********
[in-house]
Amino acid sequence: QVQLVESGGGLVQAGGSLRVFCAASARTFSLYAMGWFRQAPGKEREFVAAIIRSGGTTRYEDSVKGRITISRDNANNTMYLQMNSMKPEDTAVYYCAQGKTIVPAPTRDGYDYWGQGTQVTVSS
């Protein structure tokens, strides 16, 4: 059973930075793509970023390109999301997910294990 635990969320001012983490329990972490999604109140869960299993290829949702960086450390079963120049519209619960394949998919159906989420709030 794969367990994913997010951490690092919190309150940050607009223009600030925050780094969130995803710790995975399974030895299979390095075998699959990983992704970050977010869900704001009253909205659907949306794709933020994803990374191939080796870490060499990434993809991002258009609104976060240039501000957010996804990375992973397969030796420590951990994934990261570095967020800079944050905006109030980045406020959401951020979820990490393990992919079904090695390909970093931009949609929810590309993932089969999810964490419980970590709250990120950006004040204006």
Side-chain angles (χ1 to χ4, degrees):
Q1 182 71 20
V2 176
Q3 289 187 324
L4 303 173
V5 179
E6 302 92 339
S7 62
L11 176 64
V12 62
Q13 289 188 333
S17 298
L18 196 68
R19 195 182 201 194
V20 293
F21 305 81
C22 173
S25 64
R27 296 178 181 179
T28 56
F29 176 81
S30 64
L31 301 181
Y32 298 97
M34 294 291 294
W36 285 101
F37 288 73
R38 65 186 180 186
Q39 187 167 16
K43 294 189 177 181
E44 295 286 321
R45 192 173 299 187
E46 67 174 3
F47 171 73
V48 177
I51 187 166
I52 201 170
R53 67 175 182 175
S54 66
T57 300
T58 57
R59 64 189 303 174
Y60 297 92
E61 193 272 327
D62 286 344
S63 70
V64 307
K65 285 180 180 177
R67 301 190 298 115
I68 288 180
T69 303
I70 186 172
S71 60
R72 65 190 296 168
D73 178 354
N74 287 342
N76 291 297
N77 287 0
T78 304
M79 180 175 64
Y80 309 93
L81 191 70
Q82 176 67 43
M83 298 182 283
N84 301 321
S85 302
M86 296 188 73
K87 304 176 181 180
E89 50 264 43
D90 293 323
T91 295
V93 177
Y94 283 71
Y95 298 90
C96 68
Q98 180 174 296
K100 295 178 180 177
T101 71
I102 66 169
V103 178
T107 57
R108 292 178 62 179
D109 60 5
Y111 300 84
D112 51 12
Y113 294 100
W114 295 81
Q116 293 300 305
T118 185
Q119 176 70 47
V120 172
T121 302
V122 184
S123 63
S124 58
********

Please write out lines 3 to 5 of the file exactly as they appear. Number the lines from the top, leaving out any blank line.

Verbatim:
């Protein structure tokens, strides 16, 4: 059973930075793509970023390109999301997910294990 635990969320001012983490329990972490999604109140869960299993290829949702960086450390079963120049519209619960394949998919159906989420709030 794969367990994913997010951490690092919190309150940050607009223009600030925050780094969130995803710790995975399974030895299979390095075998699959990983992704970050977010869900704001009253909205659907949306794709933020994803990374191939080796870490060499990434993809991002258009609104976060240039501000957010996804990375992973397969030796420590951990994934990261570095967020800079944050905006109030980045406020959401951020979820990490393990992919079904090695390909970093931009949609929810590309993932089969999810964490419980970590709250990120950006004040204006």
Side-chain angles (χ1 to χ4, degrees):
Q1 182 71 20